Clark County has shelved, for now, plans for a large parking lot on Charleston Boulevard that nearby residents feared would lead to high traffic and commercial encroachment in the Scotch 80s, one of Las Vegas’ oldest neighborhoods.
University Medical Center and John Bielinski, owner of land near the corner of Charleston and Shadow Lane, had sought approval for a 270-spot parking lot to serve as overflow parking for the nearby hospital.
The request was set to go before the Las Vegas Planning Commission Thursday night. The county sent a letter to the city Thursday asking that the items be withdrawn “without prejudice,” meaning the application could be refiled at some point.
“Clark County recognizes there is significant work to be done prior to bringing these items forward,” states the letter signed by Randy Tarr, director of the Department of Real Property Management.
“The seller is working with the neighbors to try to address their concerns,” added county spokesman Dan Kulin. “We expect that this application would come back once their concerns are addressed.”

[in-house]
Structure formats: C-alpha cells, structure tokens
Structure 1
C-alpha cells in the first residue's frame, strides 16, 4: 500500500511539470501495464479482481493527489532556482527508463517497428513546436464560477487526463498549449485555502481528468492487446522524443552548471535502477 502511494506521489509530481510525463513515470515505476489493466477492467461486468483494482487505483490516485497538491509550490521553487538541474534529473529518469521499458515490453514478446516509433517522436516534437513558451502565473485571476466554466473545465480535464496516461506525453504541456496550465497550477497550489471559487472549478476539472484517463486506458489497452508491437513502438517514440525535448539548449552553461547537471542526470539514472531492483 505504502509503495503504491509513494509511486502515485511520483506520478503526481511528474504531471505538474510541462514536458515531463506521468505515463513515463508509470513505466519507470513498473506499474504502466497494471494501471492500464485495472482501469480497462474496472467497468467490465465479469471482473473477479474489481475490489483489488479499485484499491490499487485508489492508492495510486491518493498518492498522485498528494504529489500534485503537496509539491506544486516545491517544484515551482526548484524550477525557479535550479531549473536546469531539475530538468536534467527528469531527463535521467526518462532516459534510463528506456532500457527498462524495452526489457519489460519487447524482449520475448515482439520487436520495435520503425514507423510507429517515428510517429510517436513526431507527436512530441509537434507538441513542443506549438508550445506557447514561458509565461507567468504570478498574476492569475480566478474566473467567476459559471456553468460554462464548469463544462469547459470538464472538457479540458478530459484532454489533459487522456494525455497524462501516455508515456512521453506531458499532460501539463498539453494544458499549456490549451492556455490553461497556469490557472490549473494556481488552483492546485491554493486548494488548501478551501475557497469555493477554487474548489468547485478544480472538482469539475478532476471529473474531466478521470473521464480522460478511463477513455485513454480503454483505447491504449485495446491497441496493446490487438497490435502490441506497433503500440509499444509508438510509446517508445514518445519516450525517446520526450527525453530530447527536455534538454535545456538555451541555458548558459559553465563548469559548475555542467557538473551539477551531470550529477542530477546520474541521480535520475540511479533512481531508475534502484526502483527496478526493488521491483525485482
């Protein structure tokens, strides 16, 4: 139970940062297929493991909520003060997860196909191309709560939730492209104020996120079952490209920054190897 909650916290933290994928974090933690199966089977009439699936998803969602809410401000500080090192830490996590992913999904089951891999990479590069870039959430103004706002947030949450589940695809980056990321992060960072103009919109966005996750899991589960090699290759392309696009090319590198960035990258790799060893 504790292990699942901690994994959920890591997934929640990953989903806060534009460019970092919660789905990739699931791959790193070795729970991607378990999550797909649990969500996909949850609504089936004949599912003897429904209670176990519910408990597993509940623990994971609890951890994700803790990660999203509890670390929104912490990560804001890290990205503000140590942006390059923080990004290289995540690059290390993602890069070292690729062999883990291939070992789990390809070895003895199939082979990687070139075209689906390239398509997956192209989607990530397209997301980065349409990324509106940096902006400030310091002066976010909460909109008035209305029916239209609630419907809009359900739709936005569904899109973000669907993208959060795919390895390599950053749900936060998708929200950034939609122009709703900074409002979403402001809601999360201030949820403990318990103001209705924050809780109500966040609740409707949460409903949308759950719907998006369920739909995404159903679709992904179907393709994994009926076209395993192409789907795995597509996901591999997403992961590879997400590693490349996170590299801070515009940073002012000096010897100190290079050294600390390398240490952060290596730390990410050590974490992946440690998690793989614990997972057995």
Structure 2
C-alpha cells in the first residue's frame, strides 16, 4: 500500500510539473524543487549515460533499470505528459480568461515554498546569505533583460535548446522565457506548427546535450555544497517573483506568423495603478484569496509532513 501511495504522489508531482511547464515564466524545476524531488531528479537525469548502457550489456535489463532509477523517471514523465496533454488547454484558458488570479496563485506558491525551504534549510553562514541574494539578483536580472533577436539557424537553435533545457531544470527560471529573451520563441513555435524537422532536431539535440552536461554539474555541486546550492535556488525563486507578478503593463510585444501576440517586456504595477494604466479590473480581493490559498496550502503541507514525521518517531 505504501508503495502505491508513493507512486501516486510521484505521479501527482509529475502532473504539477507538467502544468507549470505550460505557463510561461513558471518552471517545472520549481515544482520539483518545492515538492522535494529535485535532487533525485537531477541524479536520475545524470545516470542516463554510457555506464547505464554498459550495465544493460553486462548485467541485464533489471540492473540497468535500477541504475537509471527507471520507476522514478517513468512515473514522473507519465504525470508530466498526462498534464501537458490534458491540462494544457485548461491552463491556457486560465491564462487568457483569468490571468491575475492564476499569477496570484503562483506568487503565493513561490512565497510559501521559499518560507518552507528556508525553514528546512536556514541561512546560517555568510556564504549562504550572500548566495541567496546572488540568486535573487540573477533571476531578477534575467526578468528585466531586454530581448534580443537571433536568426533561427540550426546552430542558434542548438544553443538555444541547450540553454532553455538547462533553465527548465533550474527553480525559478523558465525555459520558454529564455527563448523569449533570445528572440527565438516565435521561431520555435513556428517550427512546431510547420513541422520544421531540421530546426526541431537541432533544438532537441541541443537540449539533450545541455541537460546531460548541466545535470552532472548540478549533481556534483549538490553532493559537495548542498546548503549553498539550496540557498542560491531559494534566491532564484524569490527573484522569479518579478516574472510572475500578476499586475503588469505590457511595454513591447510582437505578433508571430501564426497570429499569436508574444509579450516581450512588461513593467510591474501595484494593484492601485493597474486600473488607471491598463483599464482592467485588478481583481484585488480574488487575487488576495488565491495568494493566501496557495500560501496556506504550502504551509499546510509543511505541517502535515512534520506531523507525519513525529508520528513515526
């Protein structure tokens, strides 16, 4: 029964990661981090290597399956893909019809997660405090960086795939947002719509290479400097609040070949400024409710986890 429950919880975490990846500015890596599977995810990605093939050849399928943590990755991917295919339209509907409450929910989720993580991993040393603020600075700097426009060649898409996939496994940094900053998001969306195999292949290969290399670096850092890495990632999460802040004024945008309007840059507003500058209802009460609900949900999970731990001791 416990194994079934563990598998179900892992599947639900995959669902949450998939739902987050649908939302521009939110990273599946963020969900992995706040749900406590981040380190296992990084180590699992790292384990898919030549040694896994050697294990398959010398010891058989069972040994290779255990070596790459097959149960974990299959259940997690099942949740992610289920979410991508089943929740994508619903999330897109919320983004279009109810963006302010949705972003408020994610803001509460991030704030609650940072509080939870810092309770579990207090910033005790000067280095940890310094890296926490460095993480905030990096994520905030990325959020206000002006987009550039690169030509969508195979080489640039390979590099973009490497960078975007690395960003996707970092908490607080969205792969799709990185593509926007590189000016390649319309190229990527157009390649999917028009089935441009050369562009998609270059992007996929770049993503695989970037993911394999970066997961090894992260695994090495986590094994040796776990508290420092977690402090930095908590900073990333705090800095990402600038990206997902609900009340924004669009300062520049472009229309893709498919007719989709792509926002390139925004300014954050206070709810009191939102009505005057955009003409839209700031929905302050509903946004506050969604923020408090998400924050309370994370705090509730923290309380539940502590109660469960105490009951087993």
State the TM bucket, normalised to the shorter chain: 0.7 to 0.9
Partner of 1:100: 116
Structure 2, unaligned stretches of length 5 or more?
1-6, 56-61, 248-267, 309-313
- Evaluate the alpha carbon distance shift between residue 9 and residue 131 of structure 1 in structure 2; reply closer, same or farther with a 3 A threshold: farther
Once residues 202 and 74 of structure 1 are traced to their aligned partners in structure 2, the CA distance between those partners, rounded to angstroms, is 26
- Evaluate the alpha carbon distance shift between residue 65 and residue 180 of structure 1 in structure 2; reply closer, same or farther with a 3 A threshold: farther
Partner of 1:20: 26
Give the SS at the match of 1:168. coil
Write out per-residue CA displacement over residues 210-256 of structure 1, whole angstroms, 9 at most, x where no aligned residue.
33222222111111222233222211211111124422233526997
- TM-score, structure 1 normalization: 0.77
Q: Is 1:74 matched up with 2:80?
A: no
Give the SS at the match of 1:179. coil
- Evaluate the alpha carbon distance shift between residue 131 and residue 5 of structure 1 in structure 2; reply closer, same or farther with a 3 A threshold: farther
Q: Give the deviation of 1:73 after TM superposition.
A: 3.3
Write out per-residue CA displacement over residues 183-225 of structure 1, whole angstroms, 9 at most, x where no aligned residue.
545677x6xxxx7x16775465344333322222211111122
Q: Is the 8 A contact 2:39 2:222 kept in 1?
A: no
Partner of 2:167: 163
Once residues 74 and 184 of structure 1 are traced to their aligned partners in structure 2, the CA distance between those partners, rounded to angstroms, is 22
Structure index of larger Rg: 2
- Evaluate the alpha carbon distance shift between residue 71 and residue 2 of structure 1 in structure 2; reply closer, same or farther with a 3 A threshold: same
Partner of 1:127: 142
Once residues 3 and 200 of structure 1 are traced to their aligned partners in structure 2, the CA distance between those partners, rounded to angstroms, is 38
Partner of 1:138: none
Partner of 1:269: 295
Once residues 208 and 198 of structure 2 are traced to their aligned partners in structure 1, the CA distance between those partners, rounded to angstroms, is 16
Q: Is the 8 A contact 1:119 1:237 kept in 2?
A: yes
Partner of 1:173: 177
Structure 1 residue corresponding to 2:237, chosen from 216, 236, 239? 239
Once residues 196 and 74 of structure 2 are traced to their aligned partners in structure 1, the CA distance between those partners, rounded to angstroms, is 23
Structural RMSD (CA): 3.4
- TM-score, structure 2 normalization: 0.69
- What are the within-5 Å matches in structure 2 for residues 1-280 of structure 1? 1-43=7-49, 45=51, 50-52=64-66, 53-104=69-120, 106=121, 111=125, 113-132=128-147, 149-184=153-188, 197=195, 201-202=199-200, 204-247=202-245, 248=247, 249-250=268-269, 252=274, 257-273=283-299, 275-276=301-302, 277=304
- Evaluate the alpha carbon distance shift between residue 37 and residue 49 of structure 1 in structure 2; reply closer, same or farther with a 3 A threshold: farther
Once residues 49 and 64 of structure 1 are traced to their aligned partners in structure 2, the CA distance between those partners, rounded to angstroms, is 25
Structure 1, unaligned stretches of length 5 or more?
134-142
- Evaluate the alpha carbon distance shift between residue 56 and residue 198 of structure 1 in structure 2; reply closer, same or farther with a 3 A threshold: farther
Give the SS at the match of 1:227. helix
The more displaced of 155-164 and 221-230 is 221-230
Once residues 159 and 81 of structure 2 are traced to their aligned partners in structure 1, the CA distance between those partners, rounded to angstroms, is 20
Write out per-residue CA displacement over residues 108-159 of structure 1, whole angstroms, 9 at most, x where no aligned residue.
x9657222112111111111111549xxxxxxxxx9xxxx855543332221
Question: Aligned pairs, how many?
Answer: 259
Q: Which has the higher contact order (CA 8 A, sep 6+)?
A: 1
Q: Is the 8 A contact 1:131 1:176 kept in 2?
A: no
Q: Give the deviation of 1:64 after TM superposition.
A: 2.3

That may be hard to do. Scotch 80s residents almost universally condemned the plan, which probably would also face opposition from the Las Vegas City Council.
Chief among the neighbors’ concerns was that, as planned, the lot would have an exit to Shadow Lane. Since Charleston is often snarled with traffic, residents worried that departing cars would detour through the neighborhood instead of returning to Charleston.
They also worried about commercial uses encroaching into a residential neighborhood, something that older, centrally located housing developments often face.
“These are older neighborhoods. They’ve had to fight for a long time to keep their identities,” said Councilwoman Lois Tarkanian, who represents the area. “We need to maintain our neighborhoods there so we can have urban-type living. Isn’t that what we’re trying to build up?”
Mayor Oscar Goodman — a Scotch 80s resident — also doesn’t like the idea, although he might not be able to translate that into voting opposition because of his personal stake.
“I’ve stayed away from it as far as I could,” he said. “I would like to vote on it when it comes before the council. I’m told that I probably won’t be able to.”
Homeowners association president Stephen Grogan said the neighborhood’s residents will keep an eye on what happens with the application.
“We won the temporary war,” he said. “But we’re very wary that this situation is not over, and we’re concerned about the infringement of commercial (uses) into our neighborhood.”
Contact reporter Alan Choate at email@example.com or 702-229-6435.